THE 2009 AAMI CRASH INDEX shows that 91 percent of motorists agree that drivers are becoming more aggressive, and 83 percent believe that yelling, swearing and gesturing rudely is a justifiable response to road rage from other drivers.
The report, released annually since 1995, found that 60 percent of drivers worry about being targeted in a road rage attack, with 17 percent of those worrying 'a lot'.
AAMI Executive General Manager Anthony Durakovic said that, worse than verbal abuse and gesturing, 63 percent believe that tailgating other drivers was justifiable.
"Rude gestures (79 percent), verbal abuse (64 percent) and tailgating (63 percent) are experiences common to most drivers," Mr Durakovic said.
"However, the numbers that have experienced personal confrontation are the most alarming.
"Three in 10 drivers (29 percent) have been followed, one in eight (12 percent) have been forced off the road, one in 14 (seven percent) have had their car wilfully damaged and two percent physically assaulted by a road raging motorist.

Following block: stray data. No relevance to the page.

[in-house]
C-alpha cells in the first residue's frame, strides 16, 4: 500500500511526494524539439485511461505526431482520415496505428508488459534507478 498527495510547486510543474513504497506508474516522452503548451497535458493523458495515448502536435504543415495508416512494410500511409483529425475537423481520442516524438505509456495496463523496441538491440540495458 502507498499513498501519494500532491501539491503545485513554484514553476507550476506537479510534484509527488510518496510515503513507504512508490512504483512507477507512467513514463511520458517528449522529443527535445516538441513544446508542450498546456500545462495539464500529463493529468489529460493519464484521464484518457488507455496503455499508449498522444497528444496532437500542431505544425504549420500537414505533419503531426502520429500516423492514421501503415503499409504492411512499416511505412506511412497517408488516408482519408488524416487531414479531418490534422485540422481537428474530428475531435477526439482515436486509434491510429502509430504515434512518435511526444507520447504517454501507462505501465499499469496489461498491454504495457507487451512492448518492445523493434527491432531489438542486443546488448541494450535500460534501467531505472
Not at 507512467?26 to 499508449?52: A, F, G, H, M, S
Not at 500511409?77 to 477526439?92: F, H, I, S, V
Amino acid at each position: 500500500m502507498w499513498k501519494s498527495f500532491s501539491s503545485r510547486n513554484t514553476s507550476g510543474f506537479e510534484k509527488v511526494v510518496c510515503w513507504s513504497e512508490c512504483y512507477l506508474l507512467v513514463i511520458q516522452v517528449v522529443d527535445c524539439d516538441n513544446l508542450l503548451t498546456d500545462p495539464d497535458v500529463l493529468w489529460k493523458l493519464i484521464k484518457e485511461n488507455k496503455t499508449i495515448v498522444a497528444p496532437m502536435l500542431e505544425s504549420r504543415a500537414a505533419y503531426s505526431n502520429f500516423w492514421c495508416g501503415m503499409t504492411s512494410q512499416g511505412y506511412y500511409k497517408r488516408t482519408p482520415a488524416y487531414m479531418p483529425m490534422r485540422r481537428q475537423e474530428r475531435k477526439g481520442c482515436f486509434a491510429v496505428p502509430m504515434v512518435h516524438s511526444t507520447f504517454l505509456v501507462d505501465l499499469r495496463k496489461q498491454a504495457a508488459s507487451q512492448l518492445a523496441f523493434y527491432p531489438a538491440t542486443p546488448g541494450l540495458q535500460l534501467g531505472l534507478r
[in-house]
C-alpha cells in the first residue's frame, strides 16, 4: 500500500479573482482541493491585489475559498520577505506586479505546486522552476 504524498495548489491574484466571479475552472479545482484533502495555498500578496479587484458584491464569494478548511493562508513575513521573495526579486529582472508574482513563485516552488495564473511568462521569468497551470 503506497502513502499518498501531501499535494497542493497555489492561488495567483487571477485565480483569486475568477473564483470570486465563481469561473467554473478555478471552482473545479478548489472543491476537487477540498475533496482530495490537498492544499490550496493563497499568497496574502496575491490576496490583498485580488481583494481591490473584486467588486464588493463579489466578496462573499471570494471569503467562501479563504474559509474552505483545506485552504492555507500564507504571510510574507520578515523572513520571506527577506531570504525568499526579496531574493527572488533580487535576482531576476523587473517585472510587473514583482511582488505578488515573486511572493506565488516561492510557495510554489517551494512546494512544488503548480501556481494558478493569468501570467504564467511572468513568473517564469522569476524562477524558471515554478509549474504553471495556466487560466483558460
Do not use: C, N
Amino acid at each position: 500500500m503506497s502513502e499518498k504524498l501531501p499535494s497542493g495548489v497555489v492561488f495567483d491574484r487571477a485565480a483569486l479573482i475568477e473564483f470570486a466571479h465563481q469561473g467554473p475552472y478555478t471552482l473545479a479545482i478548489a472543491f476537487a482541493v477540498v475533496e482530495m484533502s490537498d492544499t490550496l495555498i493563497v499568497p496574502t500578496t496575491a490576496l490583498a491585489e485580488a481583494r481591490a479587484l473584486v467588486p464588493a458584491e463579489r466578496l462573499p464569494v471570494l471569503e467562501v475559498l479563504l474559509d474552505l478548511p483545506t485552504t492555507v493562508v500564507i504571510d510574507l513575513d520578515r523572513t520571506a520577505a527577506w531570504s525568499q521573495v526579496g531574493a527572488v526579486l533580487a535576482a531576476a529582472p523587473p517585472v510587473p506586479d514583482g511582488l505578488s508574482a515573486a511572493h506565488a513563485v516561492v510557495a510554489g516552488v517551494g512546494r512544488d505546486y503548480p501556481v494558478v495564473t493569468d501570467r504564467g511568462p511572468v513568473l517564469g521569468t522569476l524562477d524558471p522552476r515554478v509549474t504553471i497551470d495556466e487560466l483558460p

"It is one thing to say passive retribution like yelling and swearing is acceptable, but that so many drivers believe tailgating another is acceptable behaviour is a serious concern."
Mr Durakovic said that traffic congestion is overwhelmingly the major source of driver aggression, with 30 percent of drivers saying it takes more than 30 minutes to drive to work - up from eight percent in 2005.
"Since 2005, there has been an 18 percent increase in drivers blaming aggression on traffic congestion, from 70 percent in 2005 to 88 percent this year," he said.
"This clearly shows drivers are frustrated with increasingly clogged roads, with motorists bearing the brunt of other drivers' anger."
The report showed that, despite drivers agreeing on acceptable behaviour, reality draws a different picture.
- Over half (54 percent) say signalling an apology is the best response to road rage, however only 39 percent would actually respond in this fashion.
- 39 percent say ignoring the other driver is the best response to road rage, however 42 percent say this would be their most likely response.
- Only three percent say retaliating with abuse or a rude gesture is the best response, however 13 percent say this is how they would most likely respond.